Established by the Lisbon Treaty in 2009, the Common Security and Defence Policy (CSDP) constitutes the main organisational framework for decision-making and application of the EU’s defence and security issues. With changes in this area still fresh, the Cyprus Presidency has sought to enhance the knowledge of EU Officer Cadets on the subject by organising an Olympiad.
Thirty-four cadets from ten different Member States are visiting Cyprus to take part in the final phase of the three-part Olympiad competition.
Starting on Wednesday, October 3 and lasting until Friday, cadets will present the ten best research papers on the CSDP and will take part in quizzes on the topic.
This is the first time that such a competition, involving cadets from across the Union competing on their knowledge of a specific policy, is taking place at a European level.
The Olympiad, which is a Cyprus Presidency initiative, is regarded by participants as a great opportunity to both network among each other and bolster their knowledge of the defence policies of the EU.
The ‘great additional value of cultural diversity’
The CSDP Olympiad module consists of three parts, including an internet-based distance learning course (IDL), the submission of a paper on a CSDP related topic and the Pan-European Competition which will take place in Cyprus.
The competition in Cyprus involves cadets being drawn together in different teams and competing in a 25-multiple choice questionnaire on the history, institutional framework and operation of the CSDP.
The best team’s cadets will then compete again on an individual basis on a 15 multiple choice questions paper.
The Cyprus Presidency’s effort that each team be comprised of cadets coming from different Member States has been welcomed by participants.
“Cultural diversity can be a weakness if not understood, but it is of great additional value if recognised and used for the benefit of all. Bringing the cadets together at an age where they are still open to new experiences and ideas, will later on enable them to be better European officers, respecting the other’s capabilities,” said Lieutenant-Colonel Dirk Dubois of the European Security and Defence College (ESDC).
Studying hard for the Olympiad
With collective and individual prizes on offer, participating cadets have been studying hard to prepare for the Olympiad by using a wide range of sources at their disposal.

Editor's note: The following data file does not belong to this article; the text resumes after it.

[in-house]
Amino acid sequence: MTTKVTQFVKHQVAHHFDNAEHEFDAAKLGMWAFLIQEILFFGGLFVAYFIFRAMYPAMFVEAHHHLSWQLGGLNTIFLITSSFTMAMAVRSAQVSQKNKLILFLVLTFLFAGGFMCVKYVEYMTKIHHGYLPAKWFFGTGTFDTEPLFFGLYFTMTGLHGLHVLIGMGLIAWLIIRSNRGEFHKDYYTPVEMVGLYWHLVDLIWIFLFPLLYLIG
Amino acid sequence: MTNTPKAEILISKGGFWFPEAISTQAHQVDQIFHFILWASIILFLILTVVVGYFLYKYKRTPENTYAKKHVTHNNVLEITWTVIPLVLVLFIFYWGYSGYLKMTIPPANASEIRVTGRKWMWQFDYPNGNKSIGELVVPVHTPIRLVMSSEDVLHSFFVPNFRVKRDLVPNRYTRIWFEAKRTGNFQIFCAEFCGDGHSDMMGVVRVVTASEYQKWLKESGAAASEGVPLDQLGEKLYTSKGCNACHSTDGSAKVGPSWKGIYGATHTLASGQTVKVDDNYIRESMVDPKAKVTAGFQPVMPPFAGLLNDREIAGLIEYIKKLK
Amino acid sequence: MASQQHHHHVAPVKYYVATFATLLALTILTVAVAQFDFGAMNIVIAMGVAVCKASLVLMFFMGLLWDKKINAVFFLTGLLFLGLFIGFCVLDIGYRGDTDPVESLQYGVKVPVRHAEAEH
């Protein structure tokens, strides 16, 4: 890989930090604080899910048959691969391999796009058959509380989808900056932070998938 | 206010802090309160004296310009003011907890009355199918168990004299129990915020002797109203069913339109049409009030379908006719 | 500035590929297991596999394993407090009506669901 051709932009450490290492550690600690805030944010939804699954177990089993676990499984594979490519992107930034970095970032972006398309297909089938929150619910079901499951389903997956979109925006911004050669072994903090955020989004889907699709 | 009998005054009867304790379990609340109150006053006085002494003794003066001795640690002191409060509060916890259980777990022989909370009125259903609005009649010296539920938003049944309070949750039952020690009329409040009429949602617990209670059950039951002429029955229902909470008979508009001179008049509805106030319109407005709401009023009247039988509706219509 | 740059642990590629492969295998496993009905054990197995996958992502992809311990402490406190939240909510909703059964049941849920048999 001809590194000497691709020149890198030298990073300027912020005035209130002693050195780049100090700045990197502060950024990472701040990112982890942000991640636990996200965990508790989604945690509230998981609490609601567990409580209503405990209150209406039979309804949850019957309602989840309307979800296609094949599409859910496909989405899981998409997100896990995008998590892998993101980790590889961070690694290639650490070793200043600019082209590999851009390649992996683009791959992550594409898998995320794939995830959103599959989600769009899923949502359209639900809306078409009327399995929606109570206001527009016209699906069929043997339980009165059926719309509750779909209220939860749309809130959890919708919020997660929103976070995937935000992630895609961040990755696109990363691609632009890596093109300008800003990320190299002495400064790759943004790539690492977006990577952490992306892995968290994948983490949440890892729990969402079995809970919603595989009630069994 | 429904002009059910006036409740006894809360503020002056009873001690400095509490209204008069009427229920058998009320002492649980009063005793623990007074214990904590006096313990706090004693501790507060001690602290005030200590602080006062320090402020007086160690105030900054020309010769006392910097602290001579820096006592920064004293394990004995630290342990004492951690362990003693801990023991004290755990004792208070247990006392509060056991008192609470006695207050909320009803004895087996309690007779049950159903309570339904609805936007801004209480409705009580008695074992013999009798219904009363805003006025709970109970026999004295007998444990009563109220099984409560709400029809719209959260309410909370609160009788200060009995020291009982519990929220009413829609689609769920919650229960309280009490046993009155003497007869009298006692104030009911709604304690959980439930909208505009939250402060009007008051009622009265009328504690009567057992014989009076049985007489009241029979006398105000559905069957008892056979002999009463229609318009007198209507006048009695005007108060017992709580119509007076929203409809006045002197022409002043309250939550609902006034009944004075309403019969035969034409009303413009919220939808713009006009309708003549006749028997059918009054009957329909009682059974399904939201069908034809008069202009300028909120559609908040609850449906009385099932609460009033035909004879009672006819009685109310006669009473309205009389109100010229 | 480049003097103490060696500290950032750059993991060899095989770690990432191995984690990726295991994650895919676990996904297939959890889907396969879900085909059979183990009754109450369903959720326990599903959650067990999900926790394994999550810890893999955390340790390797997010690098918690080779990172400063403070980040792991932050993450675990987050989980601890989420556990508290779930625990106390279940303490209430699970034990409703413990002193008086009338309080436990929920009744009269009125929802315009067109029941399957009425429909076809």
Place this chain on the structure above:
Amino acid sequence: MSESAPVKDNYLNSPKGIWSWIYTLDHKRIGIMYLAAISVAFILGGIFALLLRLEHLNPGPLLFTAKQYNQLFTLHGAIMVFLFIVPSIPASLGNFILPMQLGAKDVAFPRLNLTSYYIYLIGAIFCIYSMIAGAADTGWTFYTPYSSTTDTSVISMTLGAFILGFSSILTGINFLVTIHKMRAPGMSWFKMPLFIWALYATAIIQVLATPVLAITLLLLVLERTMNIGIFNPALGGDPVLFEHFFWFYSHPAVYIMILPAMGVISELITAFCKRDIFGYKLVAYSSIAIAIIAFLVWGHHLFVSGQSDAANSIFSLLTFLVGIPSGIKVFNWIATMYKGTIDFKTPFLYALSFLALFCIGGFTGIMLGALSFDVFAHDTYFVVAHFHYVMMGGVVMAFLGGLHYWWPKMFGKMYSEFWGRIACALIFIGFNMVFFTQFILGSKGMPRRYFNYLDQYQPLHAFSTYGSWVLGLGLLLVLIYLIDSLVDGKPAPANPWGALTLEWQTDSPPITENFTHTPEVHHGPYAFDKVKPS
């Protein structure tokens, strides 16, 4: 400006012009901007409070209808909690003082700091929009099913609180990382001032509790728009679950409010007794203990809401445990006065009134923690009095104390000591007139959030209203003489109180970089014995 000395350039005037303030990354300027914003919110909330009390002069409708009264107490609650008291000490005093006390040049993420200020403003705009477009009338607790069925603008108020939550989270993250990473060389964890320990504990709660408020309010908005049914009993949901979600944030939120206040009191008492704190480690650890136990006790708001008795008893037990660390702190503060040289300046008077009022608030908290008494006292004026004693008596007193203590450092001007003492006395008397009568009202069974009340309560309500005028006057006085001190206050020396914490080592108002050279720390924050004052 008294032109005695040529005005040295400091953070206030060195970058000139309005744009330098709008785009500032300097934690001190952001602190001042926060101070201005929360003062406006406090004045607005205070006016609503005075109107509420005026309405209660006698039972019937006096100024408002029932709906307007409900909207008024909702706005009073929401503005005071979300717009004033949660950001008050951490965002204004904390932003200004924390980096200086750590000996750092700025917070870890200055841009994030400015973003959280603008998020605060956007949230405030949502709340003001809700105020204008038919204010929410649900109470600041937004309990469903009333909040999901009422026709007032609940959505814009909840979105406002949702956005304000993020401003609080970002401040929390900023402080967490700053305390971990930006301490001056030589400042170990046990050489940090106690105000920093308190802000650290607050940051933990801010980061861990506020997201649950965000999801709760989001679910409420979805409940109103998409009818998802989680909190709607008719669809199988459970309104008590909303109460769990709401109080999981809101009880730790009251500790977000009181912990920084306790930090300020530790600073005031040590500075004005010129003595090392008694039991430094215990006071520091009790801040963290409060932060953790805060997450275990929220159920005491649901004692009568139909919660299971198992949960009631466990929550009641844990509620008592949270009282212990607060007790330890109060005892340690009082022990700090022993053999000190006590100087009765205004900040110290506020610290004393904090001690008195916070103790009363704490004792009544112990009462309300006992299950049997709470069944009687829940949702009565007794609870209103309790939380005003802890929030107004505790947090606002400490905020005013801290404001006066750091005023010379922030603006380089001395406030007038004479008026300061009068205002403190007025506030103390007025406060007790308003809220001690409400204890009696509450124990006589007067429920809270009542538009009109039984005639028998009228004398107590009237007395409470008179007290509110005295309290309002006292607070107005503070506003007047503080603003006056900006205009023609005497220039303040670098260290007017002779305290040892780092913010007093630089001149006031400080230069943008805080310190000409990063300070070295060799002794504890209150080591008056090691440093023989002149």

“Cadets use the internet extensively for their study, with many visiting the website dedicated to the European Initiative for the exchange of Young Officers (Erasmus),” said Lt-Col. Dubois.
Other sources used, according to the Lt-Col, were the College’s CSDP Handbook and the Internet-based Distance Learning (IDL) system, which provides cadets with an extensive electronic library.
The Austrian team have chosen Officer Cadets who have passed the EU-Common Module on CSDP from last October. The team’s leader, Colonel Dr. Harald Gell said that in doing so, the participants would be well prepared to pose a serious challenge at the CSDP Olympiad.
“For the Olympiad paper, our cadets were also allowed to choose the same topic as their Bachelor Thesis, which meant that their research was more intensive because they will need it during the upcoming months to pass the exams,” said Col. Dr. Gell.
Seminars and lectures were also arranged in participating Member States by the team leaders, in order to introduce the CSDP Olympiad to the cadets.
Creating a ‘European thinking’
Both Lt-Col. Dubois and Col. Dr. Gell agree that the Olympiad provides a perfect opportunity for cadets, not only to familiarise with the CSDP's organisation and roles but also to meet, exchange experiences and strike friendships; creating a system of networking that could help in their future careers.
Col. Gell feels that the Olympiad could provide the perfect platform to breed a new sense of collective identity and thinking in the EU among young European officials.
“Some elder Officers grew up during the Cold War and so in their mind ‘European thinking’ is not deeply anchored. Our hope is, if we educate our Officer Cadets more deeply in ‘European Security and Defence Culture’, one day - when they will be promoted to responsible posts – this ‘European thinking’ will be a daily business,” Col. Dr. Gell said.
So can the CSDP Olympiad become an annual event? Col. Gell definitely hopes so.
“Of course it should become an annual feature. Events like this will dismantle barriers between the countries, the way of thinking will come closer and it is one of the most important opportunities to promote cooperation within Europe,” he concluded.
The CSDP Olympiad kicks off this afternoon with a ceremony at the Ancient Pafos Odeon, which will be attended by Cyprus’ Defence Minister, Mr. Demetris Eliades.
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